SPAIN

Coto Donana
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Spain: Wildlife Destinations

Coto Donana

Coto Donana's star species: Spanish lynx • Greater flamingo • Imperial eagle • Marbled teal

 

Struggling against ongoing threats such as drainage, urban development and pollution, the Coto Doñana is a resilient wetland wilderness on the Guadalquivir river estuary in Andalucía. Long exploited by humans, it now receives protection not only as a national park, but also as a Ramsar site, biosphere reserve and world heritage site. Why all the fuss? Put simply, birds love the place. Doñana is home to five threatened bird species, including the Spanish imperial (or Adalbert’s) eagle and marbled teal. One of the Mediterranean’s largest heronies is found here, while 500,000 waterfowl touch down in the reserve’s lagoons and marshes each year to overwinter. Palaearctic migrants also use the wetland as a vital refuelling stop as they fly between Europe and Africa. Top ticks for birders include the purple gallinule, crested coot, whiskered and black terns, little egret, spoonbill, bittern, greater flamingo and slender-billed gull. In the park’s drier areas of dune, woodland and maquis, you can expect to see azure-winged magpie, great spotted cuckoo, larks, pipits and nightjars.

But there’s more to Doñana than birds. Anyone who visits this internationally significant wildlife reserve is constantly on the alert for a possible sighting of an Iberian lynx. Following a census in 2010, only 265 of these critically endangered cats were recorded – 30% in the scrublands of Doñana and the rest in the cork oak forests of Sierra Morena to the northeast. To increase your chances of spotting one of these elusive predators, you will need to be out and about at dawn and dusk when they are more likely to be active, hunting rabbits, ducks and deer fawns.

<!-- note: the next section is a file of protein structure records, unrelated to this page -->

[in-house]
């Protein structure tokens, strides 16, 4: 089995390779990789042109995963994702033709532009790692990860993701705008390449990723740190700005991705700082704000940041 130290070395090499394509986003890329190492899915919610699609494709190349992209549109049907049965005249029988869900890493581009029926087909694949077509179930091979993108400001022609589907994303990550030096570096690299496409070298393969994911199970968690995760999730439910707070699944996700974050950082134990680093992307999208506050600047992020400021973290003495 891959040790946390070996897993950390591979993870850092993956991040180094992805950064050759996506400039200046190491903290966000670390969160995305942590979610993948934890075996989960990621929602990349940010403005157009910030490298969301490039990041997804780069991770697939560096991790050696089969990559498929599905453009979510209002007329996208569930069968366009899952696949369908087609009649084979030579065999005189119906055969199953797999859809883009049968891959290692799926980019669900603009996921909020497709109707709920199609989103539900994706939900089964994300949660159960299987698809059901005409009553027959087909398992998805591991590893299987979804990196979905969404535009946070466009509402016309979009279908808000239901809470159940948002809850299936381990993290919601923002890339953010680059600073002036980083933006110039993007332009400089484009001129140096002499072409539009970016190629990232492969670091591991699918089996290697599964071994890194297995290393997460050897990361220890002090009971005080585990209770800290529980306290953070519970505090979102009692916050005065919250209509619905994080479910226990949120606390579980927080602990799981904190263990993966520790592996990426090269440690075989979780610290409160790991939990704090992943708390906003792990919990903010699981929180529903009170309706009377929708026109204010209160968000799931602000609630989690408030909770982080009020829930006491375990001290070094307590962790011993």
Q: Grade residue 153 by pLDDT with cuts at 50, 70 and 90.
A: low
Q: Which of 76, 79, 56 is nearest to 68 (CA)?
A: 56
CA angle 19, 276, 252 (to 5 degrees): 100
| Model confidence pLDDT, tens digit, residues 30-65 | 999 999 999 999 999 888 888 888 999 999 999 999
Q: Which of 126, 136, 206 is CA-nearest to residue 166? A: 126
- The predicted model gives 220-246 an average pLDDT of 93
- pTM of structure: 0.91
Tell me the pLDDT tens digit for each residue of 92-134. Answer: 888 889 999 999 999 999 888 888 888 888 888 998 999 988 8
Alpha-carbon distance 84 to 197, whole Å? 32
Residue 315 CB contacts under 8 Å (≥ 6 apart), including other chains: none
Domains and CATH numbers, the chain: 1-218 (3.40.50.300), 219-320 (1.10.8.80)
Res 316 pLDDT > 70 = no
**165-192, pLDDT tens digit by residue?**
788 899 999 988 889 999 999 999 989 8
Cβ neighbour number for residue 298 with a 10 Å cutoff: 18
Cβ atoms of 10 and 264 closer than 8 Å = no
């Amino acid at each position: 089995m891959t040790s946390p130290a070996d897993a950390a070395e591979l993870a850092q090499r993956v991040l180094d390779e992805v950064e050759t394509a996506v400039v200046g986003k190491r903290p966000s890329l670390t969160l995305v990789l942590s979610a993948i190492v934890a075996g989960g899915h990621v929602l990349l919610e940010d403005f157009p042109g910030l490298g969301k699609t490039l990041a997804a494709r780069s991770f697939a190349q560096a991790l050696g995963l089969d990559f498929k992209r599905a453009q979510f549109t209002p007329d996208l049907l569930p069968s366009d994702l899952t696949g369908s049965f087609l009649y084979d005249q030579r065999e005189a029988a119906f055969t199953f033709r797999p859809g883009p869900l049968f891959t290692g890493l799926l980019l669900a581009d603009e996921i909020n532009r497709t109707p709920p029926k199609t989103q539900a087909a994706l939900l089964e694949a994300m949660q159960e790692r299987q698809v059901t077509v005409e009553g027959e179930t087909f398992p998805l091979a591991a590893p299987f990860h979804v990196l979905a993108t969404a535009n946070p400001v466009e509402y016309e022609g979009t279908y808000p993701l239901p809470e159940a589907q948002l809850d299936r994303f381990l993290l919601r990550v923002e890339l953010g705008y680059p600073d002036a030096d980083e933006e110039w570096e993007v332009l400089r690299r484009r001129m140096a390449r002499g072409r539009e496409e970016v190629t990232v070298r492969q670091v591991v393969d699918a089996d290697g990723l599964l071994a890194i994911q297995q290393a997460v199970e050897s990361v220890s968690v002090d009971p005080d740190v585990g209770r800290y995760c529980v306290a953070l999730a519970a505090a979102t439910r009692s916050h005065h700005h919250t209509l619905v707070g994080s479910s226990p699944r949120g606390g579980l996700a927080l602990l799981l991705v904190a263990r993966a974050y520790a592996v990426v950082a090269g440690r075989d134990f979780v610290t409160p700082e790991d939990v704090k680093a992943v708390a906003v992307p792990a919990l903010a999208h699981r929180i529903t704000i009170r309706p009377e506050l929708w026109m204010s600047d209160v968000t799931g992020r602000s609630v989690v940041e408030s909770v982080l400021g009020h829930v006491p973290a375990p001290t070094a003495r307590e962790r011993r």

Getting there Directions Take the A483 south of Almonte to the main visitor centre at El Acebuche or head towards the village of El Rocío.
Getting around Access to the national park is strictly controlled, with official guided tours leaving from El Acebuche (0830 and 1500). You can explore nature trails at the visitor centre near El Rocío and go birdwatching along the edge of the park from Centro de Visitantes Antonio Valverde (30km south of Villamanrique de la Condesa) and along Playa de Castilla, east of Matalascañas. A boat operates along the Guadalquivir from Sanlúcar de Barrameda.
When to go Park open year round.
Things to do Guided tours, walks, boat trips, birdwatching.
Places to stay Nearest accommodation is in Matalascañas.
Further information andalucia.org/en/natural-spaces/national-parks/donana/

 

Read the latest posts on European wildlife travel

wildlife travel essentials: Spain

GETTING THERE

Iberia has an extensive flight network covering Spain and its islands, while SATA operates to the Azores. Various low-cost and charter flights are also available. Brittany Ferries runs services between the UK and northern Spain.

TOURS

Iberian Wildlife Tours organises trips in Andalucía, Extremadura, the Picos de Europa and Pyrenees. Also try Wildside Holidays Iberia.

WHEN TO GO

Try to avoid the heat and tourist crush of mid-summer. Spring and autumn are also the best periods to witness bird migrations, wildflowers etc.

GMT+1 (Spain), GMT (Canary Islands).

WHERE TO STAY

Consider renting a casa rural (rural house) through Andalucía’s RAAR, northern Spain’s Casas Cantabricas or Catalonia’s Ruralverd.

Further information: spain.info

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Wildlife Wishlist was founded by zoologist, conservationist and award-winning travel writer and photographer William Gray. Sharing his passion for wildlife and recommendations for responsible travel, Will has spent around 30 years tracking down the world's best wildlife holiday experiences.

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